But if you look at what happens in each of the possessions, it become clear that they aren't. Their defensive efficiency for the season is 104.5. That means that they surrender 104.5 points per every 100 possessions, or roughly 1.045 points each time the other team has the ball. That isn't awful, but it isn't great either, ranking 13th in the NBA. It is middle of the pack.

The LA Lakers, by contrast, are considered an elite offensive team that struggles at times on defense. They give up 100.4 points per game, a stat cited by TV talking heads to indicate that they really need to work on that end of the floor if they want to win the title this year. And, maybe they do. Since they have the top offense in the league, defense is clearly their weakness. Their relative weakness, anyway. Because of their fast pace (they are the fifth-fastest team in the league) they surrender over 6 points per game more than the Pistons. But efficiency indicates that they are actually a better defensive team than the Pistons, ranking 6th in the league, at 102.6. That means, over the course of 100 possessions, the Lakers give up 1.9 fewer points than the Pistons.

That brings us back to the Suns-Warriors game last night. The Suns put on an absolute show, scoring 154 points. It was an incredible display. In route to their 154 points they posted an offensive efficiency of 138.12. To put that in perspective, for the season their offensive efficiency is 2nd in the NBA, at 110.4. The Lakers lead the league at 110.8. An offensive efficiency of 138.12 is every bit as incredible as 154 points. It is a truly stunning number, almost 30 points per 100 possessions better than the best season-long mark in the league.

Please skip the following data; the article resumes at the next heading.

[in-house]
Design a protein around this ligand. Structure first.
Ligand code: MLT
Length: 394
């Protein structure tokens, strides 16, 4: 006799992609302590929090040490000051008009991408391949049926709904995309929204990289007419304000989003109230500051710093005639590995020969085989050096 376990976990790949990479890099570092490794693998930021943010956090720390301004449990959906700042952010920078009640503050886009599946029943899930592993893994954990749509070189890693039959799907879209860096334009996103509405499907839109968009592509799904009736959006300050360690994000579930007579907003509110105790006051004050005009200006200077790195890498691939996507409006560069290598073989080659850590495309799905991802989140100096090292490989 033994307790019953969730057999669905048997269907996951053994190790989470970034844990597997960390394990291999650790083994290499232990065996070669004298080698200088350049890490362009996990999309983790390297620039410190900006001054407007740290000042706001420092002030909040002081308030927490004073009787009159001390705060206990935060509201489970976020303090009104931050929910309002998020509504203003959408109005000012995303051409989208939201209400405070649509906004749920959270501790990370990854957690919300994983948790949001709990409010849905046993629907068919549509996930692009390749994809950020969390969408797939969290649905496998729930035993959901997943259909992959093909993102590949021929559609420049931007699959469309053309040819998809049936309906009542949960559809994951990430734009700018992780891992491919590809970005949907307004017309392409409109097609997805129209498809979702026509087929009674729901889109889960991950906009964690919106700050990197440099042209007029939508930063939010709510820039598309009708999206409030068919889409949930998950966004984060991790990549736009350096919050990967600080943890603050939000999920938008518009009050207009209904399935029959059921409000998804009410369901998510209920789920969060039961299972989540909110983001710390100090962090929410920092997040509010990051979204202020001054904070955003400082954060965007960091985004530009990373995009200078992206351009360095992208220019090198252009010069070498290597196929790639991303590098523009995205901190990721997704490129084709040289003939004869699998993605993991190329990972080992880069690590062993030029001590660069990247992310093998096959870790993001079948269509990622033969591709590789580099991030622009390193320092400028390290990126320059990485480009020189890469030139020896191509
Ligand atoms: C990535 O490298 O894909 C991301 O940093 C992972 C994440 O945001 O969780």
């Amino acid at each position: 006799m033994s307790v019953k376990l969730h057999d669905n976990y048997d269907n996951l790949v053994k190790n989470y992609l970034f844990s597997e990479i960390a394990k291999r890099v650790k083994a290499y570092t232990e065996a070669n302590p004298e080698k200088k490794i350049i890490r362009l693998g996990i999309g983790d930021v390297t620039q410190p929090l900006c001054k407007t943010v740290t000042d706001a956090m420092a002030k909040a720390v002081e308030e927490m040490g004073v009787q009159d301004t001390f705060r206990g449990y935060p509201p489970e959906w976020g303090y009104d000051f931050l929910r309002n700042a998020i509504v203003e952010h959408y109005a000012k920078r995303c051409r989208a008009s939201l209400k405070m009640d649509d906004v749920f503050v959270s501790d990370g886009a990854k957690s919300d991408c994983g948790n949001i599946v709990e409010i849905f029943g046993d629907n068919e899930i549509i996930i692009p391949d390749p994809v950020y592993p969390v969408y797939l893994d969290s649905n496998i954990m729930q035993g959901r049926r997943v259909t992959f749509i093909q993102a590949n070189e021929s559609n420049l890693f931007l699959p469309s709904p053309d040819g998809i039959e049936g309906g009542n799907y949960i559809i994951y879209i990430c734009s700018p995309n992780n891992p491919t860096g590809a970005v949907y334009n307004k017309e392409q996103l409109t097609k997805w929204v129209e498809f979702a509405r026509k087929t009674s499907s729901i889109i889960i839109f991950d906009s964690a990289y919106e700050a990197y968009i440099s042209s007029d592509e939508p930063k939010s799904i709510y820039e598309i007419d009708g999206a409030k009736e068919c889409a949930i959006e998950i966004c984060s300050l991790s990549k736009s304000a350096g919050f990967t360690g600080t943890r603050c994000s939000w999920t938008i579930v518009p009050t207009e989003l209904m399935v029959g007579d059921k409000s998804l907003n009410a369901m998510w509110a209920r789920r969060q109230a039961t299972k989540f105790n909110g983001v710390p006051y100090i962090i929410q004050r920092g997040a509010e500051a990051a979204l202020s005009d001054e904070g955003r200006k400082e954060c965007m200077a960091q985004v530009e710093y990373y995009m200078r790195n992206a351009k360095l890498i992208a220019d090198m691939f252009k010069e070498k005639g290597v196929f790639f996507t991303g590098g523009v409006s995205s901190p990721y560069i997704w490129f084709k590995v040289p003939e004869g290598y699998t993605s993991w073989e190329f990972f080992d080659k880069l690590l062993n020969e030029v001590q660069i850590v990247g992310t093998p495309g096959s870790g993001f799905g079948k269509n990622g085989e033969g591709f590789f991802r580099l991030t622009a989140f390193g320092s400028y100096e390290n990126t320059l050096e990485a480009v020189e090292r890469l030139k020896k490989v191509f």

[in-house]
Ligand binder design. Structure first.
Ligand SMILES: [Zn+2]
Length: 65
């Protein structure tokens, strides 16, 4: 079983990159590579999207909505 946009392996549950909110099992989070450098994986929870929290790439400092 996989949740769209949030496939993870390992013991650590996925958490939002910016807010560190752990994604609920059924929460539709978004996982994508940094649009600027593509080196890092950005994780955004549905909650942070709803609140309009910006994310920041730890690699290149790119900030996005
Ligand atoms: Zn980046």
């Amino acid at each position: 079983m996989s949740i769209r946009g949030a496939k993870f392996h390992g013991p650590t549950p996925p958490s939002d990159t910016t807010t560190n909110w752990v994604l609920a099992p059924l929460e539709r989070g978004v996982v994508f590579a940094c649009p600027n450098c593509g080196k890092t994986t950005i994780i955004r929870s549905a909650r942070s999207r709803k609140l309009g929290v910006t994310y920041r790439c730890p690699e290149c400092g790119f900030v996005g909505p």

The glow from that was dimmed a bit by the fact that they surrendered 130 points. That's 23 more points that the most allowed by any team not in Oakland last night. But was it the second-worse defensive performance of the night?

Yes. But not by as much as you might think.

Last night the Dallas Mavericks also had a hard time on the defensive end. It was, in fact, almost exactly as bad as the Suns' performance, but the extreme difference in pace obscures that.

In surrendering 130 points to the Warriors last night, the Suns posted a dismal defensive efficiency of 116.07. That's almost 5 full points per 100 possessions worse that the Sacramento Kings' rock bottom 111.1. But in surrendering 107 points to the Lakers last night the Mavs posted an almost as bad 115.05. When adjusting for pace, a 23 point difference becomes a 2 point difference. That's one missed shot away from being a tie.

How can this be?

It's simple, really. The Lakers scored their 107 points on roughly 93 possessions. That means they had the ball about 93 times, and got 107 points out of it. The Warriors, who play at the fastest pace in the NBA and were matched up against another team that likes to get out and run, by contrast, had roughly 112 possessions in route to their 130 points. They had the ball a whopping 19 more times than the Lakers, and got 23 more points out of it.

That's the difference right there.